THE BLOG

You're Not That Busy!

26/08/2016 14:19 | Updated 26 August 2016

I live in London, or at least used to until I moved to 'Greater London'. I've learnt a lot about people whilst being here and that's not really surprising, I'm a people watcher and there are a lot of them. One of the things most people will learn about Londoners is that they are always busy. Except that they're not, most people aren't, they just think they are.

One of the best displays of the 'busyness' can be found 20 meters, or so, underground in the metro system that carries 1bn people a year. Here you'll see London folk cling to precious minutes of their time as if defusing a bomb in a cheesy action movie. Watch the crowds as trains enter the platform. The clock shows another train in 1 minute and then another 2 minutes after, yet people will sardine themselves into the smallest of spaces, often delaying trains. I regularly stand and wait for two trains to go past and have a very high journey to seat ratio. My commute lasts 10 minutes longer at most and I don't have to rub my face in a sweaty pit in to reach work.

When doors on the train open, herds of Gazelle-like commuters leap out and sprint up the stairs, to be a few precious seconds ahead at the ticket gate. And then you've got the platform runners. It doesn't matter how long the train has been standing there, these folks sprint down the platform. More often than not they run past 2 or 3 empty carriages before throwing themselves through the door as the closing sound beeps. At Leytonstone station I always chuckle as people sprint from platform 1 to 2 in order to get on the 1 minute earlier train in the same direction.

It's not just underground that us urbanites go mad though and I've plenty of examples. On holiday in KL I found out it's customary to press the door close button in a lift, even if trapping people outside and in some cases people in London force bus doors open at red lights so they can get off 20 meters sooner.

Sure, some of these people may be late for important appointments, but I can't help thinking that if you're late by 9 minutes you may as well be late by 10. Or at least learn to schedule better.

But people rushing isn't what's driving me mad today, it's people claiming busyness.

"How was your week?" is the default Sunday morning question people seem to ask. "Busy!" is the default reply. Next time someone says that ask them what they got up to. So often they reply with vague comments about work. Does no-one have a quiet day at work anymore?

Often it's not even work. "oh, well I met up with the girls for brunch, then Thursday had a birthday party to go to". "Oh woe is you!" is what I yearn to reply. Why has being social become a chore? If you've got a pint in your hand, you're not busy. End of.

But people aren't stupid. They must know they are over filling diaries or over dramatising them. From what I can see people are all desperate to sound like they have no time to live. For a small few it's genuine, but I'm convinced that for most it's not.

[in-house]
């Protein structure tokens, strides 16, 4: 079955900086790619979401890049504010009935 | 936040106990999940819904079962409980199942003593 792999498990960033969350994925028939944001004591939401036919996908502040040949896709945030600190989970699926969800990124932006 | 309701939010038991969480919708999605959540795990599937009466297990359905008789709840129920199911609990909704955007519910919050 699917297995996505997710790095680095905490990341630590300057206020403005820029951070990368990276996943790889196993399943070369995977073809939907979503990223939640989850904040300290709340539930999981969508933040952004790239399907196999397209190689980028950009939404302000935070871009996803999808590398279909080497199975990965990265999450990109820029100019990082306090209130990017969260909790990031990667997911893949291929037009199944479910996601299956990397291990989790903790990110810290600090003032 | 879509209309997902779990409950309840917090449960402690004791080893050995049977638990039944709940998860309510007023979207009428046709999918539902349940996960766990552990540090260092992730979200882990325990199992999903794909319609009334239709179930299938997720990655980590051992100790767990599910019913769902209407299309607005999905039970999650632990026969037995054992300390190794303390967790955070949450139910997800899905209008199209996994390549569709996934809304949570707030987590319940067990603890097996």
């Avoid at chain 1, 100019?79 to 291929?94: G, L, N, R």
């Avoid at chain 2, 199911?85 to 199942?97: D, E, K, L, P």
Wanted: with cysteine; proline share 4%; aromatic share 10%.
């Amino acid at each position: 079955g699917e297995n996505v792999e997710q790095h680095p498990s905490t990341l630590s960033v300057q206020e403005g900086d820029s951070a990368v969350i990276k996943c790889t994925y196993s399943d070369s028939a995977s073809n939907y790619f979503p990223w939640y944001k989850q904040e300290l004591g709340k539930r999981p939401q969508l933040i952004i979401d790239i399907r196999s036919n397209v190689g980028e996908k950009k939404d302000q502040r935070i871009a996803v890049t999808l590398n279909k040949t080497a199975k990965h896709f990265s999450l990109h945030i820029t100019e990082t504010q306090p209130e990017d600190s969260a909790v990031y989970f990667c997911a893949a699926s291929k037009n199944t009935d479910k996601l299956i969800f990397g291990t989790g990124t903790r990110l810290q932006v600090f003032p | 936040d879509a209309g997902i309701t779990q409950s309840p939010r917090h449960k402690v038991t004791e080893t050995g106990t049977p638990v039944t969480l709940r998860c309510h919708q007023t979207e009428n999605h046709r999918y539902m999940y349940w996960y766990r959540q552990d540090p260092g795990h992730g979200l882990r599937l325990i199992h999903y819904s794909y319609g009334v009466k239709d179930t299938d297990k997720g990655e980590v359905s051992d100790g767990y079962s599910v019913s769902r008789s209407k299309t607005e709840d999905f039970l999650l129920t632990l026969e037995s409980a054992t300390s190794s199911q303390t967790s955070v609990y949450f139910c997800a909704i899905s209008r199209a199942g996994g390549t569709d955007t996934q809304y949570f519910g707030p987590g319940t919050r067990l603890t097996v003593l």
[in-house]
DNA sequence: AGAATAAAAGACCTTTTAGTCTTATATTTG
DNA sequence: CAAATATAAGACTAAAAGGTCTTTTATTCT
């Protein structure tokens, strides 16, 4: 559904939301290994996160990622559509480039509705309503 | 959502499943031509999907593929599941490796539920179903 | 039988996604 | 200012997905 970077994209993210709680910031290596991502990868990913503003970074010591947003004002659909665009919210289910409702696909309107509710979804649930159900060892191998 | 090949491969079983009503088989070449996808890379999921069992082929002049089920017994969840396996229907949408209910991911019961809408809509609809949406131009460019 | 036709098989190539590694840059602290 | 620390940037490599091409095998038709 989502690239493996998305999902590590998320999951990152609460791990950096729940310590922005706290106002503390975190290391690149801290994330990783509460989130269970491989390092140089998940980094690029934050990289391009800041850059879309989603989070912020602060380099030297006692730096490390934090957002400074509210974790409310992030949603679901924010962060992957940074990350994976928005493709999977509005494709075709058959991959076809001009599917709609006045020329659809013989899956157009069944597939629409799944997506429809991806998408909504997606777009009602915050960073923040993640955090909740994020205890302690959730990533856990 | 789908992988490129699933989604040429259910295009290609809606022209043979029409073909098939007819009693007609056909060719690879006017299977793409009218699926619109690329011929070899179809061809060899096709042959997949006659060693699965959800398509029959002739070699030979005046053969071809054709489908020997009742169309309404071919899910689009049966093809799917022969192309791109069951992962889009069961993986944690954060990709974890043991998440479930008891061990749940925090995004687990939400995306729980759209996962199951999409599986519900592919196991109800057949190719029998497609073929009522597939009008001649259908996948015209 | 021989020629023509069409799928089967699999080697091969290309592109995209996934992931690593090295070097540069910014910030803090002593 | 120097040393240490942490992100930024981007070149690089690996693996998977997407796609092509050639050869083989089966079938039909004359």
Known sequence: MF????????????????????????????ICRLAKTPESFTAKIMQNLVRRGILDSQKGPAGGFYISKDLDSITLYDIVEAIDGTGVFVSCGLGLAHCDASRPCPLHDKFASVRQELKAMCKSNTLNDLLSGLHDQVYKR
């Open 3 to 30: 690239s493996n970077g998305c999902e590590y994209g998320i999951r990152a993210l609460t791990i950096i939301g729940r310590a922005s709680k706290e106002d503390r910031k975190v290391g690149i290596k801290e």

There is an old-school culture of busyness that needs stamping out. You're not amazing for sleeping under your desk at work, I'm not impressed by your commitment. Your foolishly putting work above your health and wellbeing. "I only sleep for 3 hours a night", "you're an idiot, you need sleep to function" - science.

I don't know if it's a macho thing? But it seems that so It's so 90's to claim "sleep is for the weak" and you'll die early for living that way.

Right across the world people are waking up to a work-life balance. Learning to manage energy and not time. Three day working weeks are back, and this time it's good for the economy. Ask Carlos Slim, world's 3rd richest man who just moved his staff to 3 days work at the same pay.

The truth is that we need to all slow down. Our health demands so. But we can't wait to be forced to by ill health or forward thinking bosses. We'd just fill up the spare time with more 'busyness'. The key to a better work/life balance, I think, lies in you starting to notice how long a day is.

24 hours, 8 for work rest and play. That's 16 football matches of time a day! The premier league played out in it's entirety in less than a month. Except that would be stupid, players and staff need rest a relaxation.

I'm a big fan of a long commute. When I get home I've wound down, there's a clear work and home separation. My flat is a place of joy to me, not just a pit-stop.

So some tips if you're finding yourself always 'busy'.

• Say no to some commitments, you can't go to that party because you're tired!
• Slow down! Walk slower, notice things. Wait for a space on the tube.
• Get up earlier, but spend that time reading or eating breakfast properly.

And most importantly, sleep! You need it, you'll live longer and you'll feel better.

This busy culture needs to end, and if it does then science shows something.

We'll all live longer and prosper.

THIS BLOG WAS FIRST PUBLISHED AT www.digitalgruel.com

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